|Publication number||US2909112 A|
|Publication date||20 Oct 1959|
|Filing date||7 Aug 1956|
|Priority date||7 Aug 1956|
|Publication number||US 2909112 A, US 2909112A, US-A-2909112, US2909112 A, US2909112A|
|Inventors||Yousoufian Hrant H|
|Original Assignee||Yousoufian Hrant H|
|Export Citation||BiBTeX, EndNote, RefMan|
|Patent Citations (9), Referenced by (9), Classifications (6)|
|External Links: USPTO, USPTO Assignment, Espacenet|
Oct; 20, 1959 H. H. YOUSOUFIAN 2,909,112
AIR DIFFUSER Filed Aug. 7, 1956 INVENTOR. Hrcmt H. Yousoufian BY 2 K 4 TTORNEY United States Patent P CC AIR DIFFUSER Hrant H. Yousoufian, Flushing, N .Y. Application August 7, 1956, Serial No. 602,535
2 Claims. (Cl. 98'40) This invention relates to air diifusers and more particularly to air diflusers from which the flow of air be adjusted in a number of desired directions.
It is an object of this invention to provide an air diffuser, of simple construction, operable in conjunction with conventional ductwork, and capable of effecting a multi-directional flow of air, as desired by the user.
Another object of the invention is to provide a multidirectional air diffuser wherein the direction of the flow of air passing therethrough can be adjusted without changing the free area of the openings in the diffuser.
A further object of the present invention is to provide a multi-directional air diffuser wherein the quantity of air flowing in any desired direction can be varied without changing the free area of the openings in the diffuser.
Other and more specific objects of the present invention will be apparent from the following description as read in connection with the accompanying drawing.
In the drawing:
Fig. 1 is a perspective View showing an air diffusion unit employed in one embodiment of the invention;
Fig. 2 is a bottom view of one form of the invention wherein units such as that shown in Fig. 1 are used;
7 2,909,112 Patented Oct. 20, 1959 2 I sary since the flanges 11 provide any further support which may be needed. 7
As seen in -Fig. 2, the frames 10 may be disposed so as to impart to air flowing through the duct one or more directions in a plane substantially parallel to' that of the figure. Thus, the air may be caused to flow in the directions indicated by the arrows in 'Fig. 2. .However, the particular direction of flow shown in Fig. 2 and resulting air distribution 'may be varied as desired simply by removing any one or more of the frames 10 and reassembling it in-a new position relative to the other frames 10 in the pattern. In this manner, the air flow and distribution accomplished in this embodiment of the invention may be adjusted to satisfy the requirements existing at the installation site and may also be readjusted conveniently after installation merely byfurther repositioning o f'the frames 10 so as to satisfy changed conditions such as those arising from partition changes, or thermal load changes, which dictate a reapportionment of air.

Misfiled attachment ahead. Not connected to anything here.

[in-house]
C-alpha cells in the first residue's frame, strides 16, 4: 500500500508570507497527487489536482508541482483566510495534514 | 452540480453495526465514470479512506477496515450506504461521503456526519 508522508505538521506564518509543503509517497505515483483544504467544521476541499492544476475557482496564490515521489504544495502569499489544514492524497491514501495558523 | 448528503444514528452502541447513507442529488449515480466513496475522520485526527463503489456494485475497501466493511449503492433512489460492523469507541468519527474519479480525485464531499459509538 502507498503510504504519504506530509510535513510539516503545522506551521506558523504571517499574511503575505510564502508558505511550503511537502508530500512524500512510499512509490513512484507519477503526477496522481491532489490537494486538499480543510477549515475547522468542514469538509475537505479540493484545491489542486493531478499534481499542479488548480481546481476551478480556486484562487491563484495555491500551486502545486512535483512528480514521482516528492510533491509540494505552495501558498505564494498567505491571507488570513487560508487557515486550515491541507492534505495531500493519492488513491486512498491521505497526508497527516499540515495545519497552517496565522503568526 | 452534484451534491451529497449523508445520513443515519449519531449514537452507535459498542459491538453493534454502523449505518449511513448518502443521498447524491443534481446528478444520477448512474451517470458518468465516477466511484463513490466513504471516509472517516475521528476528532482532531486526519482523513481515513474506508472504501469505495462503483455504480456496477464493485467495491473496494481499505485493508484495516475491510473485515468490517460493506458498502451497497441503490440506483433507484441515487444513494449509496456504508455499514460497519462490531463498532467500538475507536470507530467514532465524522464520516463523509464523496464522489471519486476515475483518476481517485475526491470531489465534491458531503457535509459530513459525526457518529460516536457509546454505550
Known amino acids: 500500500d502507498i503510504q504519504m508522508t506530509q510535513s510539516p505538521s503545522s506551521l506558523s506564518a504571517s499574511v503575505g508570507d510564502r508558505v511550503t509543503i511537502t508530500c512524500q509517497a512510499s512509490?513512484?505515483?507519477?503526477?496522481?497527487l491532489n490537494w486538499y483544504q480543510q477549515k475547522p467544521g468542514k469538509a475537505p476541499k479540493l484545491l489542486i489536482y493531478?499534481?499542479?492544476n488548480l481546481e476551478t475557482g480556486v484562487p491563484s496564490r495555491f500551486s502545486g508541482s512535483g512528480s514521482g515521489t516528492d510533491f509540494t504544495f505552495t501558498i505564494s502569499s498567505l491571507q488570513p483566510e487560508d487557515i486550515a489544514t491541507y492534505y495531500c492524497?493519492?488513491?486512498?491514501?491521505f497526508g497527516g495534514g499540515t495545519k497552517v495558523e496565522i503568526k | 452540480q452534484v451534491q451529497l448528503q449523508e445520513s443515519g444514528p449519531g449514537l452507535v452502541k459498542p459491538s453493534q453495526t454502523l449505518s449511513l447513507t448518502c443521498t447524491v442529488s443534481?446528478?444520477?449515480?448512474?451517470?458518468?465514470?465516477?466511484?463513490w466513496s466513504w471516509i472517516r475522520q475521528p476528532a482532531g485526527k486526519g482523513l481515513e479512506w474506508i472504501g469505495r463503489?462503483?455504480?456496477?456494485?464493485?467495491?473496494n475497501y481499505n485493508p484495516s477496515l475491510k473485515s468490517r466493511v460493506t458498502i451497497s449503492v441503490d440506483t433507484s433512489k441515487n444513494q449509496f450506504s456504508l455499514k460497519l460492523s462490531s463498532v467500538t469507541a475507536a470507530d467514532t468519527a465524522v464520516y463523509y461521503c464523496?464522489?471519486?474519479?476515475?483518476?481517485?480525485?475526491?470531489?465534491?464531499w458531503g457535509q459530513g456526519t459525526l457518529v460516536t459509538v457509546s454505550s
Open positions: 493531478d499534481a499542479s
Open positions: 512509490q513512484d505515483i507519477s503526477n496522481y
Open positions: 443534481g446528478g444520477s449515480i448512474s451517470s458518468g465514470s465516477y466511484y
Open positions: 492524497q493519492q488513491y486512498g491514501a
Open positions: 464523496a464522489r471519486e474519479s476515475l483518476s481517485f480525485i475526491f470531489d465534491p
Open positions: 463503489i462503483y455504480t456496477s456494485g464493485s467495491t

It is to be noted that such changes in the positions of the frames 10 do not require an increase or diminution of the free area presented by the apertures 12b, 13b tothe air flowing through the duct and therefore the rate of flow of the air in the duct is not affected thereby since the resistance to flow remains constant, i.e., the ratio of Fig. v3 is a cross-sectional view taken about the line I 3--3 of Fig. 2 and looking in the direction of the arrows located near the ends of the said line 3-3;
Fig. 4 illustrates a perspective view of a form of air diffusion unit employed in another embodiment of the invention;
Fig. 5 illustrates a bottom view of a form of the invention whereinunits such as that shown in Fig. 4 are used;
Fig. 6 shows a modified form of the air diffusion unit shown in Fig. 1.
Similar reference numerals indicate corresponding parts throughout the several views.
As shown in Fig. l of the accompanying drawing, one form of air diffusion unit employed in one embodiment of the invention comprises a square frame 10 having a vertical flange 11 at its end portions and a first louver 12 located in a significantly spaced angular position with respect to a second louver 13, said louvers 12, 13 being integral with said frame 10. The frame 10 is preferably composed of a material such as sheet metal or plastic but may be constructed of any sufliciently firm material. Each louver comprises a plurality of vanes 12a, 13a, each of which in turn is located in the vicinity of an aperture 12b, 13b.
The units shown in Fig. 1 may be assembled in any desired pattern, one of such patterns being illustrated in Fig. 2 wherein a four unit air diffuser is shown. In Fig. 2, the four frames 10 have been suitably mounted at the end of a duct, the side walls 14 of which are seen in Fig. 3, said frames 10 being secured to said duct by a cover piece 15 suitably aflixed, as by bolts 16 to the said frames 10 and any supporting member, such as a ceiling 17. No further bolting of the frames 10 is necesthe air outlet area, presented by the louvers, to the crosssectional area of the duct remains fixed even though the air flow and distribution pattern is altered.
The vanes 12a, 13a may be inclined as illustrated in r Fig. 3 so as to impart to the air flowing through the apertures 12b, 13b a direction substantially parallel to the lower face of the frames 10, as indicated by the arrows in this figure; or the said vanes 12a, 1312 may be adjusted at a suitable angle to obtain a deflection of the air stream at any desired angular relation with respect to the plane of the frames 10. Such adjustment may be accomplished, as in the case ofa sheet metal frame, merely by a suitable bending of the vanes 12a, 13a; or, in the case of a substantially unbendable material, by adjusting suitably hinged vanes. By taking advantage of this flexibility of arrangementit is possible to obtain a great variety of patterns of air flow and distribution in planes both parallel to and inclined with the plane of the frames. It is also to be emphasized that the four unit diffuser illustrated in Fig. 2 is only one example of the present invention, and that .a greater or lesser number of frames maybe employed in other patterns to accomplish desired flow and distribution results.